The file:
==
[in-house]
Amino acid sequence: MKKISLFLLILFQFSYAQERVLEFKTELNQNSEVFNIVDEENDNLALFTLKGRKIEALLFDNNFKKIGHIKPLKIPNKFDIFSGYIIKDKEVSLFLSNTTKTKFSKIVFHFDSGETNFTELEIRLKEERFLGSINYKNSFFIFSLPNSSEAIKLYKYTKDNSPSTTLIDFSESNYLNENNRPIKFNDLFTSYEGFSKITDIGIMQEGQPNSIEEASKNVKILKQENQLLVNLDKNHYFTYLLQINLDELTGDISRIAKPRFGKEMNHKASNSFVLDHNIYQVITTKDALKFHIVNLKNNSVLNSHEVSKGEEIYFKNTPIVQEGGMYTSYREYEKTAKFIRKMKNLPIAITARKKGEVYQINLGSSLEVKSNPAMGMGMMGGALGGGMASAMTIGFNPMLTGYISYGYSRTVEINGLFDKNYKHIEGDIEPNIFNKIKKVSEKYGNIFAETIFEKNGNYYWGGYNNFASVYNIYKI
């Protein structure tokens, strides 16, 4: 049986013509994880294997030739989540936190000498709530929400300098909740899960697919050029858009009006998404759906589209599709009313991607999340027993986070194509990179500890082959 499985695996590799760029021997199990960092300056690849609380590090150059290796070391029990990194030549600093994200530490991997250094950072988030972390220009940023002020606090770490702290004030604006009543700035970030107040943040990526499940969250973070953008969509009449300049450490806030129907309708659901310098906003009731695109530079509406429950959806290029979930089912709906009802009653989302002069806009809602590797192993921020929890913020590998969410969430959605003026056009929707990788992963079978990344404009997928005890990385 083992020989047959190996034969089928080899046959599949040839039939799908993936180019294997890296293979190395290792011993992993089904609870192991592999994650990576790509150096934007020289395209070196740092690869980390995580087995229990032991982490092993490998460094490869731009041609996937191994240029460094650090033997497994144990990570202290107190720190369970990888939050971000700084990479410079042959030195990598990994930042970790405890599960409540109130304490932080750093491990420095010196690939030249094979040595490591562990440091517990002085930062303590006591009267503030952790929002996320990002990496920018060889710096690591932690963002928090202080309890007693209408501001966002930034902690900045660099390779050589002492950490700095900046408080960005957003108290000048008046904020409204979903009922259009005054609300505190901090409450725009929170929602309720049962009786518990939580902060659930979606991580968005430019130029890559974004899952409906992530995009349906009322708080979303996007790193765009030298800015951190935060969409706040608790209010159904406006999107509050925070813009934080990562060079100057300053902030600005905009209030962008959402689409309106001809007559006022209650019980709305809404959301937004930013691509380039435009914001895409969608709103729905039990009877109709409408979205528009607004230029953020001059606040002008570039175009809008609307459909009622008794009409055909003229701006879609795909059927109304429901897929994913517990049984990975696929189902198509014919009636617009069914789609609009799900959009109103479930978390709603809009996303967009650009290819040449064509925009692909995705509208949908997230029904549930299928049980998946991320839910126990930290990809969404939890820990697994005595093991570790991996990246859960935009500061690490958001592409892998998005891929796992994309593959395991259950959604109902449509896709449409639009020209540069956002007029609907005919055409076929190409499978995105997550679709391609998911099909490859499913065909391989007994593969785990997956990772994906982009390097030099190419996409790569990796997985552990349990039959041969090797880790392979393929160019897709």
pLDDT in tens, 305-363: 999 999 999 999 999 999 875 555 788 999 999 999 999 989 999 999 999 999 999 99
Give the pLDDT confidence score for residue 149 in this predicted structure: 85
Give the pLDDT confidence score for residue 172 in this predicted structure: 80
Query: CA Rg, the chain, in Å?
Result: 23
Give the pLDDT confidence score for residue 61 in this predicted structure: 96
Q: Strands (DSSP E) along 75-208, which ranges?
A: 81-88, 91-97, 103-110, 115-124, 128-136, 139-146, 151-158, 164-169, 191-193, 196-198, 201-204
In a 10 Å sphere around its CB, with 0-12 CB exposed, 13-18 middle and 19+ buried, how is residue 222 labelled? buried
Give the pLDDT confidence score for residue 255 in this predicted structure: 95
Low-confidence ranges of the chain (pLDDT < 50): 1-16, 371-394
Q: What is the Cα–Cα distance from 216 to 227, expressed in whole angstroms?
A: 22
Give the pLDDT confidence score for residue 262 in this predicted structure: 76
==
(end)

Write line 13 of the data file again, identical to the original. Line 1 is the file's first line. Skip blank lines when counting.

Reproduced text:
Give the pLDDT confidence score for residue 255 in this predicted structure: 95